0000000000000f80 48 83 c4 18 5d c3 55 48 89 e5 48 8d 05 37 01 00 
0000000000000f90 00 48 8b 00 48 85 c0 75 04 31 c0 5d c3 5d ff e0 
0000000000000fa0 55 48 89 e5 48 8d 05 55 00 00 00 48 83 c0 10 5d 
0000000000000fb0 c3 55 48 89 e5 48 8d 05 44 00 00 00 48 83 c0 50 
0000000000000fc0 5d c3 55 48 89 e5 48 8d 05 33 00 00 00 8b 40 0c 
0000000000000fd0 5d c3 55 48 89 e5 48 8d 05 f3 00 00 00 48 8b 00 
0000000000000fe0 48 85 c0 75 04 31 c0 5d c3 5d ff e0 

We can see at 0xf3c an instruction that looks like e8 00 00 00 00 – this is a RIP-relative call instruction opcode (e8), followed by the 32-bit displacement (00 00 00 00). This is supposed to be the printf() call? Well, yeah. The compiler doesn’t know the address of the printf() function in the kernel at compile time, so it puts in 0x0 as a placeholder which will be updated when the executable is loaded and linked by KXLD. So how does KXLD know that this instruction needs updating? Relocation entries. Have a look at the relocation entries for the executable:

$ otool -r TestPayload.kext/Contents/MacOS/TestPayload 
External relocation information 1 entries
address  pcrel length extern type    scattered symbolnum/value
00000f3d 1     2      1      2       0         31

We’re only concerned about the external relocations in this instance – we can see there is only one of these, and its address (offset within the executable file) is 0xf3d. This happens to be one byte after the e8 (call) instruction – the location of the displacement value for the RIP-relative call. It’s also worth noting there that the pcrel field is 1 – indicating that this is, in fact, a RIP-relative instruction. The other fields give the linker more information about how the relocation entry should be handled. You can find more info about these fields in the ABI documentation.

So, back to my kernel payloads – I wanted to be able to move the payload around in memory without having to update the relocation entries each time, as that would require keeping the code to perform this updating within the payload. There are a few compiler options for generating slightly-more-position-independent code, but the OS X version of GCC doesn’t seem to support them. Fortunately, Clang does. If we compile with the -mcmodel=large option (by adding it to the “Other C Flags” field in the Xcode build settings), and disassemble the executable:

$ otool -tv TestPayload.kext/Contents/MacOS/TestPayload 
(__TEXT,__text) section
0000000000000f30	pushq	%rbp
0000000000000f31	movq	%rsp,%rbp
0000000000000f34	subq	$0x20,%rsp
0000000000000f38	movq	%rdi,0xf8(%rbp)
0000000000000f3c	movq	%rsi,0xf0(%rbp)
0000000000000f40	xorb	%al,%al
0000000000000f42	movq	$0x0000000000000ff1,%rdi
0000000000000f4c	movq	$0x0000000000000000,%rsi
0000000000000f56	call	*%rsi
0000000000000f58	movl	$0x00000000,%ecx
0000000000000f5d	movl	%eax,0xec(%rbp)
0000000000000f60	movl	%ecx,%eax
0000000000000f62	addq	$0x20,%rsp
0000000000000f66	popq	%rbp
0000000000000f67	ret
0000000000000f68	nopl	0x00000000(%rax,%rax)
0000000000000f70	pushq	%rbp
0000000000000f71	movq	%rsp,%rbp
0000000000000f74	subq	$0x10,%rsp
0000000000000f78	movl	$0x00000000,%eax
0000000000000f7d	movq	%rdi,0xf8(%rbp)
0000000000000f81	movq	%rsi,0xf0(%rbp)
0000000000000f85	addq	$0x10,%rsp
0000000000000f89	popq	%rbp
0000000000000f8a	ret

Now we have a call with an absolute 64-bit address by moving the address of the function into a register and calling the value of that register. If we have a look at the relocation entries now:

$ otool -r TestPayload.kext/Contents/MacOS/TestPayload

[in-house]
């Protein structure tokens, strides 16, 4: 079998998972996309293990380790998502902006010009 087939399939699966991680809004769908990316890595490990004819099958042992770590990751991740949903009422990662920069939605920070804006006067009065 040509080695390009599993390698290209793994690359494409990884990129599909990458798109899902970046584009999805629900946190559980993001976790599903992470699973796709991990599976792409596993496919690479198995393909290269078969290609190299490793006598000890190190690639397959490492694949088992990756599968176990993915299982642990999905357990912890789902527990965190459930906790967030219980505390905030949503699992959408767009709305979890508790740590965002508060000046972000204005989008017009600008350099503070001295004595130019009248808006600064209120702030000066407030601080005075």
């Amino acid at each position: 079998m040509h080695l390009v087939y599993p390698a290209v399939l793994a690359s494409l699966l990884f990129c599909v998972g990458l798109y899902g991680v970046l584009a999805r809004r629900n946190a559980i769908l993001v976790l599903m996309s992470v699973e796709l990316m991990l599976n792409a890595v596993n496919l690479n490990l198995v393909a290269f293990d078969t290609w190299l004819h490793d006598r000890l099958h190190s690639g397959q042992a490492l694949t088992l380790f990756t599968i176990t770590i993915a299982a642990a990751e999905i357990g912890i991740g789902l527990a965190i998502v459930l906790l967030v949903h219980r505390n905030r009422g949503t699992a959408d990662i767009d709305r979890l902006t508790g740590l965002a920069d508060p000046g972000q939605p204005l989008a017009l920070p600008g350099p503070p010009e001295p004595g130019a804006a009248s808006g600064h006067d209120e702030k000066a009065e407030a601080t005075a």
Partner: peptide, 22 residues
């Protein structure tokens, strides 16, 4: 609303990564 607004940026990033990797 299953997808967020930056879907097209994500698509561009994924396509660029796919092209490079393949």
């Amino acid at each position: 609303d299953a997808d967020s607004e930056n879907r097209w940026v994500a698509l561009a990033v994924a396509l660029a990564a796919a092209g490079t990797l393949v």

External relocation information 1 entries
address  pcrel length extern type    scattered symbolnum/value
00000f4e 0     3      1      0       0         31

Notice pcrel is now 0, as it’s an absolute 64-bit address that we’re updating instead of a 32-bit displacement from RIP. This means that we can look up the address of the symbol (e.g. printf()) once when we initially load the payload, and update the relocation entry (or entries) to point to that address. Unfortunately this inflates the size of the code a bit, as all function calls are treated this way, which kind of defeats the purpose of trimming the relocation code – once we reach a certain payload size anyway. Oh well, it’s still a bit easier to handle. Next stop might be to write an LLVM pass to convert only external calls to absolute calls.

I’m not sure how useful this will be to others, but I thought it was interesting!

Resolving kernel symbols

KXLD doesn’t like us much. He has KPIs to meet and doesn’t have time to help out shifty rootkit developers. KPIs are Kernel Programming Interfaces - lists of symbols in the kernel that KXLD (the kernel extension linker) will allow kexts to be linked against. The KPIs on which your kext depends are specified in the Info.plist file like this:


Those bundle identifiers correspond to the CFBundleIdentifier key specified in the Info.plist files for “plug-ins” to the System.kext kernel extension. Each KPI has its own plug-in kext - for example, the symbol table lives in BSDKernel.kext. These aren’t exactly complete kexts, they’re just Mach-O binaries with symbol tables full of undefined symbols (they really reside within the kernel image), which you can see if we dump the load commands:

$ otool -l /System/Library/Extensions/System.kext/PlugIns/BSDKernel.kext/BSDKernel 
Load command 0
     cmd LC_SYMTAB
 cmdsize 24
  symoff 80
   nsyms 830
  stroff 13360
 strsize 13324
Load command 1
     cmd LC_UUID
 cmdsize 24
    uuid B171D4B0-AC45-47FC-8098-5B2F89B474E6

That’s it - just the LC_SYMTAB (symbol table). So, how many symbols are there in the kernel image?

$ nm /mach_kernel|wc -l

Surely all the symbols in all the KPI symbol tables add up to the same number, right?

$ find /System/Library/Extensions/System.kext/PlugIns -type f|grep -v plist|xargs nm|sort|uniq|wc -l

Nope. Apple doesn’t want us to play with a whole bunch of their toys. 8445 of them. Some of them are pretty fun too :( Like allproc:

$ nm /mach_kernel|grep allproc
ffffff80008d9e40 S _allproc
$ find /System/Library/Extensions/System.kext/PlugIns -type f|grep -v plist|xargs nm|sort|uniq|grep allproc

Damn. The allproc symbol is the head of the kernel’s list (the queue(3) kind of list) of running processes. It’s what gets queried when you run ps(1) or top(1). Why do we want to find allproc? If we want to hide processes in a kernel rootkit that’s the best place to start. So, what happens if we build a kernel extension that imports allproc and try to load it?